UH to get $36M for high-speed Internet access

Sept. 10, 2010 at 4:10 a.m.

HONOLULU (AP) - The University of Hawaii will receive $34 million to provide high-speed Internet access to public colleges and schools around the state, officials said Friday.

The federal grant will allow schools and libraries to have access at speeds of a gigabit per second, and UH campuses to reach 10 gigabits a second. A second $2 million grant will finance the purchase of nearly 700 computers for public use in 66 locations throughout the state.

Democratic U.S. Sen. Daniel Inouye of Hawaii unveiled the awards via a video message to the state's first higher education summit, sponsored by UH.

The summit in Honolulu featured speeches by Undersecretary Martha Kanter of the U.S. Department of Education, who oversees higher education programs, and James Duderstadt, president emeritus of the University of Michigan.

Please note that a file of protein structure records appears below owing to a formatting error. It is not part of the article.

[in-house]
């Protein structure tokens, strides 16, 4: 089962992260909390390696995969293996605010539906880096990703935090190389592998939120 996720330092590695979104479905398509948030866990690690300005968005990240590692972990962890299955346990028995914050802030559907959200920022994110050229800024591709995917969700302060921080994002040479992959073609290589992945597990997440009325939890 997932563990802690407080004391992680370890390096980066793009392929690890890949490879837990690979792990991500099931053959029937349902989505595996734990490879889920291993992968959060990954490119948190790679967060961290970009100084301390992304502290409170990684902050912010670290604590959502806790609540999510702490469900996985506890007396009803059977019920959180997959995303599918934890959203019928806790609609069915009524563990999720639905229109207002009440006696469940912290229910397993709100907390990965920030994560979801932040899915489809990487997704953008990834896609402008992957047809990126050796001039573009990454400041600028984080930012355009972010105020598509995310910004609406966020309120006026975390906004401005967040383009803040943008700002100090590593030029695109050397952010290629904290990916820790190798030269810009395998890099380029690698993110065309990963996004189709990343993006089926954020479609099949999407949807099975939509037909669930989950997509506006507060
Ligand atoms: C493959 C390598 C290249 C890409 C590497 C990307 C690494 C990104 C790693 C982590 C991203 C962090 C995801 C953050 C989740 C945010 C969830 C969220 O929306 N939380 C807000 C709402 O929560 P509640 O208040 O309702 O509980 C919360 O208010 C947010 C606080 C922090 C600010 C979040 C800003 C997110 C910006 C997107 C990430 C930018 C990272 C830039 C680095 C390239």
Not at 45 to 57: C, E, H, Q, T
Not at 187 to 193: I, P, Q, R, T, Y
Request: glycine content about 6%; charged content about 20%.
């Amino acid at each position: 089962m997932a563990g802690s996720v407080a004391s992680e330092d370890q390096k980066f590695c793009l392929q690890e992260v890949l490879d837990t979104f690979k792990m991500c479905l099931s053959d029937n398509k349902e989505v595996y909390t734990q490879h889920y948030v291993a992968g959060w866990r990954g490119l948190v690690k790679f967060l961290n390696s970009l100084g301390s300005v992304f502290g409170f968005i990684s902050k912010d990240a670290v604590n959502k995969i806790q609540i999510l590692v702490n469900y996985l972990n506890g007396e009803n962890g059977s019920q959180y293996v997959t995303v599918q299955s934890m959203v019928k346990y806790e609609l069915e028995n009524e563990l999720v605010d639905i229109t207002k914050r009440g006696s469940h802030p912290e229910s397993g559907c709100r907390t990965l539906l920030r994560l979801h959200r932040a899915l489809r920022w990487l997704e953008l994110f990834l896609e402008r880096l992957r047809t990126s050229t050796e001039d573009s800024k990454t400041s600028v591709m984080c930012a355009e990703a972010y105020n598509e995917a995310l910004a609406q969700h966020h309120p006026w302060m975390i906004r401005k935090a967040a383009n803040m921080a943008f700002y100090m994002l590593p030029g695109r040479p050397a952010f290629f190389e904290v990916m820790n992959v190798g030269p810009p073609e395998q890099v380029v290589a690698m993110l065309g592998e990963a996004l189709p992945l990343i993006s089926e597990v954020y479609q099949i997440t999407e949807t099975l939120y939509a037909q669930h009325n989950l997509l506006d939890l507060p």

At a news conference, UH President M.R.C. Greenwood said the two federal grants are "perfect examples" of the important relationship the university has "to the educational success of the state."

University officials help draft grant proposals that, when awarded, aid UH and other institutions, she added.

Kantor applauded the university's efforts to improve itself. But she noted that for UH to meet the Obama administration's goals to raise the number of Americans going to and graduating from college by 2020, Hawaii especially should increase the number of Native Hawaiians attending UH system campuses.

Greenwood said UH is pursuing three initiatives: increasing graduation rates by 25 percent by 2015, improving relations with Hawaii's business community and upgrading the system's infrastructure.

UH suffered from budget cuts in recent years, she noted.

"Make no mistake, having $100 million cut out of the budget and the 23 percent decrease in your resources is a very, very hard thing for the university to cope with," Greenwood said.

But faculty and employee pay cuts and other reductions led officials to discover more efficient ways of accomplishing their work, she said.

"The reality is, the budget crisis did force us to think about how we could improve our efficiencies - and we have," Greenwood added.



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